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Constitutional Court in Karlsruhe ECB EU Germany Mateusz Morawiecki Poland News

Top German court slams EU in historic decision, finds EU Court of Justice lacks authority over German national law

By decreeing against the European Central Bank’s purchase of government bonds, the German court put state law above European law

editor: REMIX NEWS
author: Grzegorz Adamczyk
via:

Germany’s top court decision last week to put national law above European law is “one of the most important [decisions] in the EU’s history”, said Polish Prime Minister Mateusz Morawiecki.

The recent decision from Germany’s Federal Constitutional Court in Karlsruhe German Constitutional Court may have had to do with bond purchasing, but it is sending waves through the European Union and may, over the long-term, significantly alter the power of the European Court of Justice (ECJ) to influence affairs within member states.

Morawiecki issued high praise for the German Constitutional Court’s verdict on European Central Bank (ECB) where it put state law above European law when determining the legality of ECB purchases of government bonds, according to polskieradio24.pl.

The court’s judges ruled that the European Court of Justice (ECJ) exceeded its competencies. This verdict is being heavily questioned by the German opposition and the European Commission (EC).

In a statement, the European Commission wrote, “Notwithstanding the analysis of the detail of the German Constitutional Court decision today, we reaffirm the primacy of the EU law, and the fact that the rulings of the European Court of Justice are binding on all national courts.”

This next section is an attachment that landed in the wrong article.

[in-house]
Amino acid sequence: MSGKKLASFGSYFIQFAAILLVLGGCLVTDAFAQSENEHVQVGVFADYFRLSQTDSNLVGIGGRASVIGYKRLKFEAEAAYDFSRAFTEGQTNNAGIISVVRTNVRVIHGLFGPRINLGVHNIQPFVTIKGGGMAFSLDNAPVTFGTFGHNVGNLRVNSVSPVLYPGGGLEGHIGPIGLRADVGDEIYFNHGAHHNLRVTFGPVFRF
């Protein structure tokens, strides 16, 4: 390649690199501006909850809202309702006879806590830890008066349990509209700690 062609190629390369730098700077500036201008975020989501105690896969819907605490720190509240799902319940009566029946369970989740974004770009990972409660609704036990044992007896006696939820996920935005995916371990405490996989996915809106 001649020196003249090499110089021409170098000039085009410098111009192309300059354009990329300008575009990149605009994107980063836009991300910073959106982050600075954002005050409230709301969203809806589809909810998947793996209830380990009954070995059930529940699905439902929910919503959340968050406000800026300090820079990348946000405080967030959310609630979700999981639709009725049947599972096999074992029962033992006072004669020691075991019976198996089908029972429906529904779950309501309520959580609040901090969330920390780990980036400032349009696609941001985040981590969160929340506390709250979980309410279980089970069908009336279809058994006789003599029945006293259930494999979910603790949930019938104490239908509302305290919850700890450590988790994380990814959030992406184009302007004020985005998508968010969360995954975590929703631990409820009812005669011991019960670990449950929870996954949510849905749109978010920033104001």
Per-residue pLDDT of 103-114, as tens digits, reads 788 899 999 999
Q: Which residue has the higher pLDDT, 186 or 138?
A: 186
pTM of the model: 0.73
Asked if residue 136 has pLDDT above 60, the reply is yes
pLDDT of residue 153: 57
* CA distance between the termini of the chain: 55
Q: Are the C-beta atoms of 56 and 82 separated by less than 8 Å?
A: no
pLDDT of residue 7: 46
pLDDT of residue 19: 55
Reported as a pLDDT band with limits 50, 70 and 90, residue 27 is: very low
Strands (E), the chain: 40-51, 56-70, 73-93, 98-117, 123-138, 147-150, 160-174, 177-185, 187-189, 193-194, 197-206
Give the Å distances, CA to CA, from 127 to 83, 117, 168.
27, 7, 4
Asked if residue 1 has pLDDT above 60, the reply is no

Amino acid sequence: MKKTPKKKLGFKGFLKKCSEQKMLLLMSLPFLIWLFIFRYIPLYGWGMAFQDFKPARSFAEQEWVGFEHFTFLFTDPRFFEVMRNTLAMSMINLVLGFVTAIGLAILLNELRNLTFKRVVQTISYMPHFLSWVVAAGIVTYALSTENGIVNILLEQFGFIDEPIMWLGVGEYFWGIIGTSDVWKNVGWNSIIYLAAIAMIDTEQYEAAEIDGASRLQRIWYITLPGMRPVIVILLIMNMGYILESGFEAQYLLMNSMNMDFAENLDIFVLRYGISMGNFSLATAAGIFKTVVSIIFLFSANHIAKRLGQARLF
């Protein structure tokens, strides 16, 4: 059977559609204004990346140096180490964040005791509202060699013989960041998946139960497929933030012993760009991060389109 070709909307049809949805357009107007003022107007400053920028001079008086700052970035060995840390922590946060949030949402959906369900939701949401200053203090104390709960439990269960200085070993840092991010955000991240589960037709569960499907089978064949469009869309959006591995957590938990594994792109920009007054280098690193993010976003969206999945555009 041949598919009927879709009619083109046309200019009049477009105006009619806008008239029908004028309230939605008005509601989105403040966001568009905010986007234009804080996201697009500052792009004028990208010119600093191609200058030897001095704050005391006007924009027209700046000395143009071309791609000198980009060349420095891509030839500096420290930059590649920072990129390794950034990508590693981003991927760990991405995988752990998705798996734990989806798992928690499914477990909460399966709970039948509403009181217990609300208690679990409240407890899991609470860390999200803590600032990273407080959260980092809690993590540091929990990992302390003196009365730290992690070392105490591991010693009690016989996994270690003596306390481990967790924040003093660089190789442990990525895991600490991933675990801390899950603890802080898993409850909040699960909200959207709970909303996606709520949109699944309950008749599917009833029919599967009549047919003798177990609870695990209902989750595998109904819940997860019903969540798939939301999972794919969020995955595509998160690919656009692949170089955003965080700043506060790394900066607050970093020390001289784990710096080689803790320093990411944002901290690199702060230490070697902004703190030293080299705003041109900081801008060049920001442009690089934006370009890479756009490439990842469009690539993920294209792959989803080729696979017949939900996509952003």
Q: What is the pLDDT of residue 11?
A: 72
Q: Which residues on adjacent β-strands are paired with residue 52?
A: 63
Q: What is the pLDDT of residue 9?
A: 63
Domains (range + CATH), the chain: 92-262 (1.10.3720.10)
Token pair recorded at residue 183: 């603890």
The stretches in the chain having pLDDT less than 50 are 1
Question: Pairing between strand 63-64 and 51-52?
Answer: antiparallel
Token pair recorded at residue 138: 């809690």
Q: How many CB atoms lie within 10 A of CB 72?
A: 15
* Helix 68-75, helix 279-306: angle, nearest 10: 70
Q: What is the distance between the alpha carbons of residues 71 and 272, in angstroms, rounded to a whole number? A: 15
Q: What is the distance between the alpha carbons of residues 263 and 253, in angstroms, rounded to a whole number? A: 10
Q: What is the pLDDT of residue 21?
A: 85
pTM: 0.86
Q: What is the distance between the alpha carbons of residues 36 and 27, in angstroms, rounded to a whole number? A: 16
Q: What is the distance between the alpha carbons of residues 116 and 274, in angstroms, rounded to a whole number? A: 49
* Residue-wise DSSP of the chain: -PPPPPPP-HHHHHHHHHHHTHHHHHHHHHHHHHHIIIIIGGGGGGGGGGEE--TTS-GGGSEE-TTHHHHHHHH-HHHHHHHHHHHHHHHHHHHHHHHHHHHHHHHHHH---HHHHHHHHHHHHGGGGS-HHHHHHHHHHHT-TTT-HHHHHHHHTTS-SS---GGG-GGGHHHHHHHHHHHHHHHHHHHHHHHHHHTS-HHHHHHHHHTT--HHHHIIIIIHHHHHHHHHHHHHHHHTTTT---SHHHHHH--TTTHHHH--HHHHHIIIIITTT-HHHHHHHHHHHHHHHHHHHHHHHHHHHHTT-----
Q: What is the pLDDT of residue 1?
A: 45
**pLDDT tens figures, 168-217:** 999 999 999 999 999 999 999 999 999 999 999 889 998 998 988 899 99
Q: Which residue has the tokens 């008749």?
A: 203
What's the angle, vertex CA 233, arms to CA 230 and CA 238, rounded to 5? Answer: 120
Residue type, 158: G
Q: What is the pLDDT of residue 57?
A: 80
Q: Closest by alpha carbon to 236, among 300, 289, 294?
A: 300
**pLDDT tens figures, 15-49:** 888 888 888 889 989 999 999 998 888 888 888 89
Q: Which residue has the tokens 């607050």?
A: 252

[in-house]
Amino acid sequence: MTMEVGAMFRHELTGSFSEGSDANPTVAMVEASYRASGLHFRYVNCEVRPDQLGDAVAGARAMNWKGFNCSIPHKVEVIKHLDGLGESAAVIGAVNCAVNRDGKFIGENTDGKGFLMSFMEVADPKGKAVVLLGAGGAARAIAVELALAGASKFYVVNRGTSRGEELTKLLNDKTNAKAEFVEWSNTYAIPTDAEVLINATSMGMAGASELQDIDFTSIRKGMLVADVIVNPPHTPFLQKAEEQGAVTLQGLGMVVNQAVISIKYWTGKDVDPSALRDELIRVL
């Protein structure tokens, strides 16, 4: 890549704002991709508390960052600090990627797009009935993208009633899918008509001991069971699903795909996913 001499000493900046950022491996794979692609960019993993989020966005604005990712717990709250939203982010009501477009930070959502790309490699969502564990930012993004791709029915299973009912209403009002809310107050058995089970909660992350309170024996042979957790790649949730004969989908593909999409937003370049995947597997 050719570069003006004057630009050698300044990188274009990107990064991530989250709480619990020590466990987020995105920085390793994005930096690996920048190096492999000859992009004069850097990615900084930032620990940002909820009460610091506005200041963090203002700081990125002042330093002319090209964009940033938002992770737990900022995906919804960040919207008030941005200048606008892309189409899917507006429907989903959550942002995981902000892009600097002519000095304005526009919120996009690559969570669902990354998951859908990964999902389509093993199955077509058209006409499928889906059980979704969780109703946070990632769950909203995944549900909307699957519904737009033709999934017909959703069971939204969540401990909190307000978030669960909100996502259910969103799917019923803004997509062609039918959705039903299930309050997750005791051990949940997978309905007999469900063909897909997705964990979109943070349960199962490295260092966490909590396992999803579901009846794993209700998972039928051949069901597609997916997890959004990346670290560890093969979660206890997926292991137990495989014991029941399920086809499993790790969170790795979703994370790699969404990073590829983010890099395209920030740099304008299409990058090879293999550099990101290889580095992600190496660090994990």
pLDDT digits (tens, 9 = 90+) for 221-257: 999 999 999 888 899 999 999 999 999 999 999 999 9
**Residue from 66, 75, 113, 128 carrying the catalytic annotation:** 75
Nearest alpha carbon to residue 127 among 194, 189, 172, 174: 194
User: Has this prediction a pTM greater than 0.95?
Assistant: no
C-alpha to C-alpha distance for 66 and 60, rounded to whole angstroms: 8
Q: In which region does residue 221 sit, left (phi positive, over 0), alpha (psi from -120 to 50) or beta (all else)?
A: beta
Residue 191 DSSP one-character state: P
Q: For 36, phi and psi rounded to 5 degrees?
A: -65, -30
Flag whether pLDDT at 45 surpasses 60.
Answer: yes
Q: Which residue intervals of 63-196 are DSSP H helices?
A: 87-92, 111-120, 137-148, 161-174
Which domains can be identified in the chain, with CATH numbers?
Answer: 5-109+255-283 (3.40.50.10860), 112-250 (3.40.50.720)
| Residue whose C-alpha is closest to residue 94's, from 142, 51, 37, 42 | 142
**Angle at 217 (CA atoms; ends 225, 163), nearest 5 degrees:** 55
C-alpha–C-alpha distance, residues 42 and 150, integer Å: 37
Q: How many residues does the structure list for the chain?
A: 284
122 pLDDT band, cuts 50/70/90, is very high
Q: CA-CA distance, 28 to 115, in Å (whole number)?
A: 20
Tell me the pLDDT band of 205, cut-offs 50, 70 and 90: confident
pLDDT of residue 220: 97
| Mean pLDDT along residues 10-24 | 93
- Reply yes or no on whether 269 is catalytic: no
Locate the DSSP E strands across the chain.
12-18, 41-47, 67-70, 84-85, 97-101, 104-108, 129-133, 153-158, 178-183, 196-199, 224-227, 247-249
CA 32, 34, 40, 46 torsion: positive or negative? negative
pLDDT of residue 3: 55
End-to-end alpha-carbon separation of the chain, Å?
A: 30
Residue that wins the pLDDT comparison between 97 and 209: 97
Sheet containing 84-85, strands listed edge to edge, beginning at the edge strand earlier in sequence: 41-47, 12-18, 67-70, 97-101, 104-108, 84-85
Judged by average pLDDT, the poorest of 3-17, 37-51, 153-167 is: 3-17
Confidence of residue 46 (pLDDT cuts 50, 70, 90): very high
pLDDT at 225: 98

The Polish prime minister believes that the verdict of the German court is one of the most important ones in the EU’s history because it fundamentally changes the relationship of member states to the EU.

German Constitutional Court decision may have major consequences for Hungary and Poland

“The Federal Constitutional Court, just like the Polish Constitutional Court, took the position that the ECJ does not possess unlimited authority,” the prime minister said in an interview for Frankfurter Allgemeine Zeitung.

The head of the Polish government emphasized that in his view, member states should draw out the limits of the competencies of EU institutions, including the ECJ. The German court case appears to reaffirm Morawiecki’s view.

The Polish prime minister hopes that the verdict of the German court will initiate a real debate concerning a democratic and mature separation of powers, as well as how to control that separation within the EU.

The German opposition is a staunch opponent of the verdict, claiming that it is a bad example for countries such as Poland and Hungary.

The European Commission has warned that it will initiate procedures against Germany for infringement of a member state’s obligations.

The Constitutional Court in Karlsruhe ruling means that the ECB had illegally purchased government bonds since 2015 without much intervention from the German government and parliament.

In 2018, the ECJ ruled in favor of the process. Last week, the Federal Constitutional Court ruled that such actions were illegal – placing state law above European law.